William Stourton, 18th Baron Stourton

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Arms of Stourton: Sable, a bend or between six fountains Arms of Stourton.svg
Arms of Stourton: Sable, a bend or between six fountains

William Stourton, 18th Baron Stourton (1776–1846) was a Roman Catholic English peer. He is chiefly remembered for the private memoirs of his relative Maria Fitzherbert, the secret wife of King George IV, which she dictated to him, and which formed the basis for her first biography, published by his brother Charles Langdale in 1856. [1]

Contents

Family

He was the eldest son and successor of Charles Philip Stourton, 17th Baron Stourton; his mother was Mary Langdale, daughter of Marmaduke, 5th Baron Langdale (his brother Charles adopted their mother's surname). He was educated at the English College, Douai. In 1793 he left France with two brothers named Oliveira, all escorted by John Lingard, one of the professors at Douai. For nearly a year, Lingard was a tutor to young Stourton at his father's residence. [2] Lingard later became a noted historian.

Like his brother Charles, he was deeply committed to the cause of Catholic Emancipation, and was one of the first Roman Catholic peers to take his seat in the House of Lords after the achievement of Emancipation.

He married Catherine Winifred Weld, daughter of Thomas Weld of Lulworth Castle and his wife Mary Stanley-Massey; they had six children. Catherine was the sister of Cardinal Thomas Weld, and a niece by marriage of Mrs. Fitzherbert. His sister, Charlotte Mary, married Joseph Weld, third son of Thomas Weld of Lulworth and his wife, Mary and succeeded to the Lulworth Estate. [3]

William was succeeded as Baron by his eldest son Charles in 1846.

Memoirs of Maria Fitzherbert

Maria Fitzherbert Portrait of Mrs Maria Fitzherbert, wife of George IV.jpg
Maria Fitzherbert

William's mother, the Hon. Mary Langdale and Maria Fitzherbert were first cousins through their shared grandparents, Sir John Smythe, III Baronet of Acton Burnell, and his wife Constantia Blount who were themselves twelfth cousins, twice removed, by way of their shared ancestors, of Edward I of England and his second wife Margaret of France; William and Maria were also related by marriage, as mentioned above, William's wife, Catherine Winifred Weld was a niece of Mrs Fitzherbert's first husband, Edward Weld; also, William's sister, the Hon. Charlotte Mary Stourton, was married to Catherine Winifred Weld's brother, Joseph Weld. They were always on friendly terms, and she came to place great trust in him: she appointed him one of the executors of her will, and to act for her as her man of business generally, in her last years. Most crucially, he was one of her trustees who acted for her in regard to the destruction of her private papers. He was a witness on the celebrated occasion, 24 August 1833, when she permitted the Duke of Wellington to burn a horde of her private papers relating to her secret marriage to George IV. [4] At her special request, a number of documents that she particularly valued, including her marriage certificate, were preserved and deposited in Coutts Bank, sealed and witnessed by Stourton. [1]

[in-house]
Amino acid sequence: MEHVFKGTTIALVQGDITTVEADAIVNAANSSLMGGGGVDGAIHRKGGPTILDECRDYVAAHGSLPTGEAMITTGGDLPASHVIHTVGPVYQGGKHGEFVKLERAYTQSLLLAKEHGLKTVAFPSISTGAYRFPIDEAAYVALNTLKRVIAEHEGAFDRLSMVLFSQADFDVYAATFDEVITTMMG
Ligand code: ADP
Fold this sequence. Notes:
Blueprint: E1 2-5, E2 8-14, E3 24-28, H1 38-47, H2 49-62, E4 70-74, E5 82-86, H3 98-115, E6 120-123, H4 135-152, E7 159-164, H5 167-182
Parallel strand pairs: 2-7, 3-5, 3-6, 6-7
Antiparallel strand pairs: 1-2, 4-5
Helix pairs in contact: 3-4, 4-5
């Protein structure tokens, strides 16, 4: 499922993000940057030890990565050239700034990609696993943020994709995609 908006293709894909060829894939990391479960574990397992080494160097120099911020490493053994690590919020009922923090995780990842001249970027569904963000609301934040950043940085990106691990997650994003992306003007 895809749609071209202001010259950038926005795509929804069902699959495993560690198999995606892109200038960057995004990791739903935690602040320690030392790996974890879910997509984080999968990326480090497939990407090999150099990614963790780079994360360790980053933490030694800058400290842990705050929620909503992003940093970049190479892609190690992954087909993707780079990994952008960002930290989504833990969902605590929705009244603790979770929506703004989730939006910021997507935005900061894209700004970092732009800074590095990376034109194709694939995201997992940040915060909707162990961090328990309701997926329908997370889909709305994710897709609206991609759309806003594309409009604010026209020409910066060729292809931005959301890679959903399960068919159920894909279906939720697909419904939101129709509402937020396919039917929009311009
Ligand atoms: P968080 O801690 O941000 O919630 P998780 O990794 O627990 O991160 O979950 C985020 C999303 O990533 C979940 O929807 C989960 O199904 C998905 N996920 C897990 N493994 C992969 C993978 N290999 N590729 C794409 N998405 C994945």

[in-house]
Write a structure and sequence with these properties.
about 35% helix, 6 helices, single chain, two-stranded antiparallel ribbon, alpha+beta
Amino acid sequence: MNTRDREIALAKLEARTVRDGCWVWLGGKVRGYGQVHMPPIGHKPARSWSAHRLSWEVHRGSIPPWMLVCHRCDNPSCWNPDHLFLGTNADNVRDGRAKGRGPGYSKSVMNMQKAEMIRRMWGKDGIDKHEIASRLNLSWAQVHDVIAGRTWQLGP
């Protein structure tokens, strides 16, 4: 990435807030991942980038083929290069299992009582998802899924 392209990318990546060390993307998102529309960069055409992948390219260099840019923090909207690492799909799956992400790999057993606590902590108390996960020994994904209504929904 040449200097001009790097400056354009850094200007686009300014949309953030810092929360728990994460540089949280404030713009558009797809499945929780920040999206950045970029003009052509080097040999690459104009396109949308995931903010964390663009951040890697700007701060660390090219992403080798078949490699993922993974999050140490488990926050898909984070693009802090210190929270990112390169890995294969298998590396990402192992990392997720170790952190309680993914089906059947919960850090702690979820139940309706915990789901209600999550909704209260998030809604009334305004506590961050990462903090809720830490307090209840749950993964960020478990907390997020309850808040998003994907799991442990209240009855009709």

Quite separate from these papers was the memoir which Mrs Fitzherbert dictated to Lord Stourton, and which he preserved. This contains invaluable evidence about her marriage to the future George IV, and of their years together. On one crucial and much-debated subject- whether there were any children of the marriage- she remained reticent. Stourton, who attributed her reticence to "natural delicacy" apparently believed that she was implying that there were no children.

Soon after Mrs. Fitzherbert's death, Stourton took great offence at the publication of the Memoirs of Lord Holland, which claimed that she had never regarded herself as more than a royal mistress. [1] Stourton appealed to the Duke of Wellington to release the crucial documents, including the certificate which proved that a marriage had taken place, and which were still in Coutts Bank (although the marriage violated the Royal Marriages Act 1772, the certificate would show that Mrs Fitzherbert was, according to the laws of her own Church, lawfully married). The Duke, acting on the wishes of Queen Victoria, who detested any reminder of the Fitzherbert marriage, [5] refused. The conscientious Stourton made several further appeals, but the Duke remained implacable. [6] William at his death entrusted his brother Charles with the task of publishing the truth about the royal marriage. Charles was unable to obtain the documents deposited in Coutts Bank, but he used his brother's memoir as the basis for his biography of Mrs. Fitzherbert, published in 1856. [1]

Charles Langdale, Lord Stourton's younger brother Charles Langdale from Salvage from the Wreck.jpg
Charles Langdale, Lord Stourton's younger brother

Notes

  1. 1 2 3 4 Leslie, Anita Mrs Fitzherbert London Hutchinsons 1960, p. 13.
  2. Bonney, Edwin. "John Lingard." The Catholic Encyclopedia Vol. 9. New York: Robert Appleton Company, 1910. 17 January 2019
  3. Burke's Genealogical and Heraldic History of the Landed Gentry, Volume 2. H. Colburn, 1847. pp. 1545-6 view on line
  4. Longford, Elizabeth Wellington-Pillar of State Weidenfeld & Nicolson 1972, p. 288.
  5. Apparently due to the rumours about children of the marriage, who might use the evidence of a lawful marriage to contest the succession to the Crown.
  6. Longford, p. 319.

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References

Peerage of England
Preceded by Baron Stourton
1816–1846
Succeeded by